At the outset of a new academic year, we'd do well to reflect on how we pitch academic integrity—and the concept of cheating—to our students. Not only does it affect how they see us as teachers and scholars; it also affects in profound ways how we see (or don't see) students as complex human beings. And this asks us to go against our gut reactions to the apparent moral legibility of cheating. If we understand cheating as an evasive concept, and as a product of our institutions, we're much less likely to incentivize it.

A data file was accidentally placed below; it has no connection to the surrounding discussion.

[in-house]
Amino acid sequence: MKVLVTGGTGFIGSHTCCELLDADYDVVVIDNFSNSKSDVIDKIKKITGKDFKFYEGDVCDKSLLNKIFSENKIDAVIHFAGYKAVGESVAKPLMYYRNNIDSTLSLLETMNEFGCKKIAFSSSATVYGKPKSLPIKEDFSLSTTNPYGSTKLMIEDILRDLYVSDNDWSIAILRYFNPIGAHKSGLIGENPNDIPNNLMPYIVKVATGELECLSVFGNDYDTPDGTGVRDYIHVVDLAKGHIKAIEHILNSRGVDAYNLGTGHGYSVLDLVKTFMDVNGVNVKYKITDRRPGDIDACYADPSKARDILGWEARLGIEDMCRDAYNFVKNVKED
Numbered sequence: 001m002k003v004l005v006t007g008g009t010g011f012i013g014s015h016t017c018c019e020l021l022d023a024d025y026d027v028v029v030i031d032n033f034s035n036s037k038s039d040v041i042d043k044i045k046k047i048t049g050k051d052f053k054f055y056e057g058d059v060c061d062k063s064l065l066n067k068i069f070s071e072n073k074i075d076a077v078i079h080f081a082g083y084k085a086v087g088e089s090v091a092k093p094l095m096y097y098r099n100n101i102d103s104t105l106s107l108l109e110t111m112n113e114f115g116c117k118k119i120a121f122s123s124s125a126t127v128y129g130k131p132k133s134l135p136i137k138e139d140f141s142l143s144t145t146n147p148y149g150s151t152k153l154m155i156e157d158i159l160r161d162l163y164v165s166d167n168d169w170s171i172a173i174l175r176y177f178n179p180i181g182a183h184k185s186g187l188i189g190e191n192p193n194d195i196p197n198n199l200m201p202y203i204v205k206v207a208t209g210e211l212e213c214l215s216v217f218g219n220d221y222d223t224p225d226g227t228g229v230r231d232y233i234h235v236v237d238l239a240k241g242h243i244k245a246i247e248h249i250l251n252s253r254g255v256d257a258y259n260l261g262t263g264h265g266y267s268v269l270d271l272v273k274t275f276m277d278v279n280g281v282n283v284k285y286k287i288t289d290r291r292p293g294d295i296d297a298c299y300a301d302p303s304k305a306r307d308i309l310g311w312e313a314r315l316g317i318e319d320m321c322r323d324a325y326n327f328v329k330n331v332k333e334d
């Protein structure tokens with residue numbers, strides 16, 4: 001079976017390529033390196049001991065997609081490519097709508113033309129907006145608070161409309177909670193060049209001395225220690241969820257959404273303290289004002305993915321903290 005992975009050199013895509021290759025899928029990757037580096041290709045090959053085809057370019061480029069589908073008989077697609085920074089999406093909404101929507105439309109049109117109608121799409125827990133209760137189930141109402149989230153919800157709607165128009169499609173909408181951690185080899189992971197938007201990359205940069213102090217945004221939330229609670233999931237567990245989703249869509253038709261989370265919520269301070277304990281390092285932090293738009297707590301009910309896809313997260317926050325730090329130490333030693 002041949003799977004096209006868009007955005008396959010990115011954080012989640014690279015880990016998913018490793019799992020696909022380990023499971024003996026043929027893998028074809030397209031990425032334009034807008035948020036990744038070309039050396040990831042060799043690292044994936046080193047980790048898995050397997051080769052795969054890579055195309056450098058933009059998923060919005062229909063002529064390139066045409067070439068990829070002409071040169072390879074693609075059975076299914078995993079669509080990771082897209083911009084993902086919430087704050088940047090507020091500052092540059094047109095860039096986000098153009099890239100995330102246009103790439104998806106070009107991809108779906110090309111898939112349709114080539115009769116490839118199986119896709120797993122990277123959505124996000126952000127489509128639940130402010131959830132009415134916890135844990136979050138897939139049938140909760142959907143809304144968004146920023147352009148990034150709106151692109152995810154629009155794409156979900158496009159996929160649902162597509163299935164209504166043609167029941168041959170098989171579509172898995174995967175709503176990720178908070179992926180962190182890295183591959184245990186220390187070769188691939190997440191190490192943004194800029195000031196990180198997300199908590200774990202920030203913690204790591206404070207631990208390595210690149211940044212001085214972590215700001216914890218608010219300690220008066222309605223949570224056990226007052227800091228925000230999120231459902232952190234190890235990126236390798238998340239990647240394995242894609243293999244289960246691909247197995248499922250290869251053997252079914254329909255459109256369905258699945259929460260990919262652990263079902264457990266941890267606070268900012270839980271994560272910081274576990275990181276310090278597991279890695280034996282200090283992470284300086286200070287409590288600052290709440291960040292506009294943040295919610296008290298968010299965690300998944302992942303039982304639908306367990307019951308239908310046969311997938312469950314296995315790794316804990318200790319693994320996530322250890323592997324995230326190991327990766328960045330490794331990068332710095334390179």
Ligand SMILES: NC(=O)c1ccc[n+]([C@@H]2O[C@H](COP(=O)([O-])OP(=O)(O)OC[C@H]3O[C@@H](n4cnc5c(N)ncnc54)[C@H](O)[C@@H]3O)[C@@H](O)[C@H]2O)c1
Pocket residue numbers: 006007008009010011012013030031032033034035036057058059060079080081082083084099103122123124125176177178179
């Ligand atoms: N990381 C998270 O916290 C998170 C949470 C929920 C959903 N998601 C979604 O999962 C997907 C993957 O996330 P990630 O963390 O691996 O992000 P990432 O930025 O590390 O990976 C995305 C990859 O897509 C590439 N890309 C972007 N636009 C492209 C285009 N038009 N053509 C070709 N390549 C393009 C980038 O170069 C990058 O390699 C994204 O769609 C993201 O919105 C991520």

Digital Object Identifier
"On Cheating and Prosperity,"
Greater Faculties: A Review of Teaching and Learning: Vol. 1
, Article 5.
Available at: https://uknowledge.uky.edu/greaterfaculties/vol1/iss1/5